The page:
j...,; "29 6A Splendid Exchange6111.1..1- dal.7n,rebuffed Napier, shut down all commerce with the English, and firedon English vessels. Jardine and the other private traders, who had eggedNapier on, realized that they had overplayed their hand and mollifiedthe Chinese by negotiating the hapless envoy's hasty exit. 43,~ ;5 ;) cl four years later. it was the emperor's turn to OV"IT~hLvv!l,enhl',~.appointed the brilliant but equally maladroit Lin as commi~~Ilqillld.seL..__ t\le stage for a far more disastrous confront.l!!t()l!.jJ!t~:'!!1.,t!2(o!VV().gS'v:.~!nments. Even before Lin's appointment, the Chinese authorities hadbegun to jail large numbers of local opium smugglers, and brought tradeto a standstill. In March 1839, Lin increase~headingof Chinese opium dealers underthe eyes ofhorrified EUffilleans aneJ then he!~f!!l th~~~e11.t.f()I'f:'ig.n~~~EIlglish, American, Parsi,and French-hostage in their factories for severalweeks until they ai~~dt~t~;;;~~~~;;;o~eth;;;:;t';:eniythousand chests"of opium. Only after Lin' s forc~;hadd~st~oy~dthehugehaul ';:erethefo~~iiners released. :$v7.C"Iut. .f,v/d] /ut.cL5(J'Jrai).k .The new superintendent of trade, Charles Elliot, was a retired RoyalNavy captain and a veteran of the West African anti-slave patrols. (Atone point he held the office of "protector of slaves.") A strict Calvinistwho deplored opium, he compartmentalized his religious beliefs and of_ficial duties well enough to mollify the increasingly desperate privatetraders by compensating them for their confiscated opium. This action' ,drew the English government directly into the fray.Just a spark sufficed. Several months later. in August 1839, followillthe murder of a local villa er b a drun En lis sea enfood and water to the B if abe handed over for trial. Elliot refused and instead submitted the defendantto a British jury of merchants, who meted out a fine and a six-monthsentence, to be served in England. (When the sailor arrived in England,he was set free on the groundS that the jury, which included JamesMatheson, had been improperly constituted. 44 ) At about noon on September4, Gutzlaff, under orders from Elliot, presented letters to the commandersof two Chinese junks off Kowloon and informed them that ifsupplies were not forthcoming within thirty minutes, their ships wouldbe sunk. No food or water arrived, and HMS Volage fired on the vessels.aDd t~at English shipS'would be fired onn am e forever bappedlVIeanwhiIe, Jardine and thton fa~tories made their way :ac:rt~e~~ans of Lin' s blockade of the Cancabinetof the Whig~prime .. gland. On arrival, they asked theJ mmlster Lord Melbourne t d dogy l1I0m the Chinese and ne otiat~ a ".' 0 eman an apolopen~everal other ports to th! W ' t D more eqUItable" treaty that would; es. Ispatches from Ell' t h .and r~putation were stung by Lin's ham-!O , W ose pndea firllf hand with the Chinese. Sv~' hande~~ess, als~ favored t~ng .ffardineandhisalI' furth /'rLe1C-liYo4:,i?66 LI . a remamed was a means to fi th 'B.ahitigton Macaulay the . . nance e war. Thomas t'Ja.U$., ,war mmlster supplied it' have th Ch'reparttions. Melbourne dispatch d Ii' ..' e mese payand st'veral thous . e a orce conslstmg of a dozen men-of-warhe first Q and m~mes that arnved in China in June 1840. $0 (>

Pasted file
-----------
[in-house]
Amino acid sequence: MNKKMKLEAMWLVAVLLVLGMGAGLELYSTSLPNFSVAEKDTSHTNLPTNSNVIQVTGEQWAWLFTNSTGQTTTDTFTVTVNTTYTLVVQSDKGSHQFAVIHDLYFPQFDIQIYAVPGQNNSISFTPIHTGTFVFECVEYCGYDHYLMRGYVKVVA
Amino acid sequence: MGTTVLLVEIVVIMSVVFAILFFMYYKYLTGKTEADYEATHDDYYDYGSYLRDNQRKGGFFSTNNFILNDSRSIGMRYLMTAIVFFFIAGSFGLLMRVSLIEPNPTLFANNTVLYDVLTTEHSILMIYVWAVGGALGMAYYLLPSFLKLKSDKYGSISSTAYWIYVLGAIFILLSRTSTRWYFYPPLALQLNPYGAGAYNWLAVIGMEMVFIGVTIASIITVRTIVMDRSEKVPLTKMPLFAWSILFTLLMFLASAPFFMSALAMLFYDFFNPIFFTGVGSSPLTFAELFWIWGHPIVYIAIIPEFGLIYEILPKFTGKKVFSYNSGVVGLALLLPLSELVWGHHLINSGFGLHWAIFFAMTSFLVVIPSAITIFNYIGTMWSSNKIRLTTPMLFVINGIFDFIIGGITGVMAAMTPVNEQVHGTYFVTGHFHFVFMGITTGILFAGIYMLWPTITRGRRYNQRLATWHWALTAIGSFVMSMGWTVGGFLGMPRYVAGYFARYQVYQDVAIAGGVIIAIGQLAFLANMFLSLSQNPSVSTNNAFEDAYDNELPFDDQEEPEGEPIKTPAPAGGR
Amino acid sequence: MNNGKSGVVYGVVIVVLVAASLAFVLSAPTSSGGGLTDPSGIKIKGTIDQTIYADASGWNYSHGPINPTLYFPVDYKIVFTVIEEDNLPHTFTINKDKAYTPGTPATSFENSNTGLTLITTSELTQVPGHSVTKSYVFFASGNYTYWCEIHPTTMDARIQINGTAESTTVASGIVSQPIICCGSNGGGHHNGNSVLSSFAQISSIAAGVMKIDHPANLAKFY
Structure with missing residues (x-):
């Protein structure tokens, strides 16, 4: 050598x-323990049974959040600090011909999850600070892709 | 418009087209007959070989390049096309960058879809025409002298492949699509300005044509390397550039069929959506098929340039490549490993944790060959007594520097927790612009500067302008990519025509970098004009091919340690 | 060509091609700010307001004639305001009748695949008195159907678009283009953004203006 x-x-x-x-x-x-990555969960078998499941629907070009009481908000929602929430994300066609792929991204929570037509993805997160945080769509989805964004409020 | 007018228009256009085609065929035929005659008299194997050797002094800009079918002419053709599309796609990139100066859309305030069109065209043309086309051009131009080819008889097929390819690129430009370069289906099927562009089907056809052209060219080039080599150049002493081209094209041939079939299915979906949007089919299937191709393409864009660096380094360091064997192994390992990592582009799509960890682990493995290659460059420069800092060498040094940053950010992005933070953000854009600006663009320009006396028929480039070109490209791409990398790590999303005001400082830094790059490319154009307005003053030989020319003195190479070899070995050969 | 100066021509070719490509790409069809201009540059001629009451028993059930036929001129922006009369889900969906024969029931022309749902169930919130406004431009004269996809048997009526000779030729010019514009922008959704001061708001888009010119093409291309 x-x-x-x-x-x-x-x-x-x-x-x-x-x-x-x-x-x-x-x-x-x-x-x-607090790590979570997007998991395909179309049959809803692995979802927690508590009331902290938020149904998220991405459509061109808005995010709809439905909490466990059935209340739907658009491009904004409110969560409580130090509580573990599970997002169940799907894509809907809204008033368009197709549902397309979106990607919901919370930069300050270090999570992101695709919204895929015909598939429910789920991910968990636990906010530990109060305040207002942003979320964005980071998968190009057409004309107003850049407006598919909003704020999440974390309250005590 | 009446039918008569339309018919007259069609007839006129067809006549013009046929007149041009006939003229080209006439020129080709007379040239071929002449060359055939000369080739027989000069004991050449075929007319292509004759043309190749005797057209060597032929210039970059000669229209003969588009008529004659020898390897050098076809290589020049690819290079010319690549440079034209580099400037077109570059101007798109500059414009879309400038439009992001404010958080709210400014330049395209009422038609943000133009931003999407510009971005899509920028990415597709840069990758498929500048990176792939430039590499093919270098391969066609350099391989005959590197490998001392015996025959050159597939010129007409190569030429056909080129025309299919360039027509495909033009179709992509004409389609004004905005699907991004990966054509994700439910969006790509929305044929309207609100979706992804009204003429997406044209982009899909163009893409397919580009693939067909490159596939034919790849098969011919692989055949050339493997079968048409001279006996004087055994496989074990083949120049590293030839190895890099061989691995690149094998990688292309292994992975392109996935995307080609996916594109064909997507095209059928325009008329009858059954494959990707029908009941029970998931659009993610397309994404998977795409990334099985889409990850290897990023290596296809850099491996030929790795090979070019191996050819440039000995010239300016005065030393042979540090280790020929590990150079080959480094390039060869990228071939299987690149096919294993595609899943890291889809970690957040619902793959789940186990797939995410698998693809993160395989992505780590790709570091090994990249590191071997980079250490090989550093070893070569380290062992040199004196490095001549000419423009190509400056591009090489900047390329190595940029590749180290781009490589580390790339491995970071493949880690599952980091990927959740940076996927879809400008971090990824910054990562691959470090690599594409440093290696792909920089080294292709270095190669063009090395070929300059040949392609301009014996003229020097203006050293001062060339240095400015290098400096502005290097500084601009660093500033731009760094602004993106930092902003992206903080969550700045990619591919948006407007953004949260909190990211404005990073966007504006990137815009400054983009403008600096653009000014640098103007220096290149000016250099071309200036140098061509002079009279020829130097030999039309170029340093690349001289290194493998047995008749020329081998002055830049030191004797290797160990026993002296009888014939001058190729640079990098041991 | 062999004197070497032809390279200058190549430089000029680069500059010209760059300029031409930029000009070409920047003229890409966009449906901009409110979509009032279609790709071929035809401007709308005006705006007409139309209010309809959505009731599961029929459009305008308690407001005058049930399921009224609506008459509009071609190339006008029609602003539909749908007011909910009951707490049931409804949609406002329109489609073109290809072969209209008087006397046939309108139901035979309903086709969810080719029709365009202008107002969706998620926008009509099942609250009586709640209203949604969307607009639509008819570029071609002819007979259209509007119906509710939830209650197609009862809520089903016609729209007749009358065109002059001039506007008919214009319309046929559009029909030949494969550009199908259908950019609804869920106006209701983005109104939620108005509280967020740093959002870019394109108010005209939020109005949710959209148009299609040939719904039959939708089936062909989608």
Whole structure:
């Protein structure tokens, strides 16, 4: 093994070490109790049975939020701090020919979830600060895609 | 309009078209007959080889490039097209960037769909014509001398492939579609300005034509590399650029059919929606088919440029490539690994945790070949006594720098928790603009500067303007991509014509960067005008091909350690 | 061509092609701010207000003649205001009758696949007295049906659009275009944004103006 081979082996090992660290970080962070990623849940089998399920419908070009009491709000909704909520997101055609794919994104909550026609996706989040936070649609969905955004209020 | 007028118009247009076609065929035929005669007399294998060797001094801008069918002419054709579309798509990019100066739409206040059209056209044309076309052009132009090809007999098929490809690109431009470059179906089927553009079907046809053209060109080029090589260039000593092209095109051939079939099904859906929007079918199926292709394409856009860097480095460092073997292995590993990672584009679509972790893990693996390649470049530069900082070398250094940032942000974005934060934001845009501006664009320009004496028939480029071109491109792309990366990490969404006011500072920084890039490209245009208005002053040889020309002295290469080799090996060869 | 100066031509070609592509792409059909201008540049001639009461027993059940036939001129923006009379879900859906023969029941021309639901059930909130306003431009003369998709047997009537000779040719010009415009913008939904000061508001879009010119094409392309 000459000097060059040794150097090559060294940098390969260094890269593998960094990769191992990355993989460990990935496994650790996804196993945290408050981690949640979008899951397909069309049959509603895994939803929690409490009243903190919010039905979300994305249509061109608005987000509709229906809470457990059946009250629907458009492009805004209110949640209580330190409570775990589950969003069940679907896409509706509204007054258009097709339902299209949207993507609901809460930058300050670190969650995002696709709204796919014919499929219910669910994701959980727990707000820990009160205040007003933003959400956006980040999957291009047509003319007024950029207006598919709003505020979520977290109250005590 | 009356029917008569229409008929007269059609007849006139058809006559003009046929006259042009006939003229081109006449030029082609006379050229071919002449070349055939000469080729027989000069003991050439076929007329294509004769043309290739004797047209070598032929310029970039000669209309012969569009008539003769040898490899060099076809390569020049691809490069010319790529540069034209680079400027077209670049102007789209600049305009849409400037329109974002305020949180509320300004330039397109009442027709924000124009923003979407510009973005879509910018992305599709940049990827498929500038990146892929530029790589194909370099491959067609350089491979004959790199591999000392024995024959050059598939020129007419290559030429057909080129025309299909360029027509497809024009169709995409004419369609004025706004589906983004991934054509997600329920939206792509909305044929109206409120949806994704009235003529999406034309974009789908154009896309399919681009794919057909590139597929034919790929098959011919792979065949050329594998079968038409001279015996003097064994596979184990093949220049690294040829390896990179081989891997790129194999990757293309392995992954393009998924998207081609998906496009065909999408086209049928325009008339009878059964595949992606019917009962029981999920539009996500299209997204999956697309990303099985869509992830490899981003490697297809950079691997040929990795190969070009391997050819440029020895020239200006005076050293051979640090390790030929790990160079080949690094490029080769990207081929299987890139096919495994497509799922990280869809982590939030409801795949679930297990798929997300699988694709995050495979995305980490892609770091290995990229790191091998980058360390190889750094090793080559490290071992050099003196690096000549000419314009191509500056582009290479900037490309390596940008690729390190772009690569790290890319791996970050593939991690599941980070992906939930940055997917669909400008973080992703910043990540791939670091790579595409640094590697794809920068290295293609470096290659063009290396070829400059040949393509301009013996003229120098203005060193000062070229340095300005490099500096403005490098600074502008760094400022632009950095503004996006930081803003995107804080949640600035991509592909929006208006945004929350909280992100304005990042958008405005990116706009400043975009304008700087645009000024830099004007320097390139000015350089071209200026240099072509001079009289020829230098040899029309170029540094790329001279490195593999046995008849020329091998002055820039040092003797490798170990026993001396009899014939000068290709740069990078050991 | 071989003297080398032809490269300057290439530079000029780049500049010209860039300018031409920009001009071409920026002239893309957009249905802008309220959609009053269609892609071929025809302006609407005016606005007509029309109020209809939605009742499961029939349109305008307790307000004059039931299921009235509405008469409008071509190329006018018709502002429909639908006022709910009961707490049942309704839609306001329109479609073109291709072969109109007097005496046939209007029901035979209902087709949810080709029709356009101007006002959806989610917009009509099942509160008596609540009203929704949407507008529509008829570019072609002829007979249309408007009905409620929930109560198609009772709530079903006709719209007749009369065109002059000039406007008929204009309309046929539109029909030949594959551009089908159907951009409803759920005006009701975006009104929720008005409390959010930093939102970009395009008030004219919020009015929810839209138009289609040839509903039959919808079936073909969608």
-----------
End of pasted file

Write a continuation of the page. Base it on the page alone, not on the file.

A Splendid Exchange(~ inc:t:st


300A Splendid ExchangeDepression exceeded 30 percent.) Some economic historians argue th~tbecause of imports of superior and cheaper English thread, the domestiCweaving industry actually expanded. Curiously absent from most discussionsis the indisputable fact that hundreds of millions of Indians, poorand wealthy alike, were able to clothe themselves in English cloth that,was both less expensive and better made. 52theh.:-g otten vastly richer. Modern economic historians, in both Europe andIndia now ascribe India's troubles in the eighteenth and nmeteenth centurie;to a number of factors unrelated to British trade policy: poor soils,the frequent failure of the monsoon rains, inadequate inland transportationsystems, a lack offunctioning capital markets, and the death, m 1707,of the last great Mughal emperor, Aurangzeb. 53Can we blame the British, as Nehru did, for letting British goodsinto India scot-free while barring the flow of Indian goods in the oppositedirection? Only to a relatively small degree:century, most English imports into India were subject to ~ duty of eithe~3.5 percent and 7 percent (depending on whether they arn:,ed ~n Bnnshor non-British vessels). The comparable duty paid on foreIgn (mcludmgIndian) goods landing in England was between 15 and 20 percent; agriculturalgoods, such as Indian sugar and raw cotton, incurred a . .'lower rate.54 This was discriminatory, to be sure, but not prohIbItive. "Nor can it be plausibly argued that abuse of the diwani by the,,;.drained India of its wealth. The British spent a much greater proportion.,of the diwani on public works, such ass)[stem, than was ever spent under the luxury-loving Mughals, andany case the revenues did nO.t amount to much more than I, percentnational income. 55. 56 ~ £.ne/«t~/Jft i!41!fptc?'t V1J '911.eJ;f:..fJ~1IJ (J-l!.£¥f(Z{ t/~'cd:e4Having surveyed Britain's checkered dealings in Chinese opium anddian cotton, we now turn to the final, and most historicallyepisode in the nineteenth-century history of free trade: its commerceC-P!/YL t..a.a.I5the Continent in grain.). Since at least the fifteenth century, the crown saw fit to mi·cl.,onlana g eits vital grain trade with a series of "corn laws." In common EnghshThe Triumph and Tragedy of Free Trade 30 !"corn" meant all grain-barley, rye, and particularly wheat. (Maize wasunknown in Europe before Columbus.) Between 1660, when detailedstatutory records begin, and the final repeal in 1846, no fewer than 127corn laws were enacted to govern every imaginable facet of commerce ingrain and other foocistuffs: retail and wholesale transactions, storage,import, export, and most critically of all, government tariffs. The greatnineteenth-century battle over free trade was in many ways a debate overthe wisdom of such intrusive involvement by government in what wasincreasingly an international trade,51Until the mid-eighteenth century, England's wealth and power derivednot from trade or manufacturing, but from the strength of its agriculture,which had become so efficient that by 1800 just two-fifths of the, country's workforce was needed to feed it. 58 During the turbulent seventeenthcentury, English farmers exported little grain. When peace andinstitutional stability finally came in the wake of the Revolutionary Settlementof 1689, England b\,C:@1e th~gr~l!ELOf northern Europe.Then, just as ~UicklY as the sU!lllus had appeared, it vanished. Fourevents cQns!!m~d the hounty!firSba series of massive conflicts grippedEurope and crippled the regional grain trade. Between the Seven Years'War in 1756 and the end of the French-Napoleonic wars in 1815, Englandwas either engaged in global conflict or preparing strenuouslyJor it.tS;coud)during the eighteenth century, England's populationnearly doubled, to nine million~rapid industrialization after 1760shift~d workers and financial capital from farms to factories~ til:ed2?ami f1'IJL(~VI-i &uoo 1f-~ )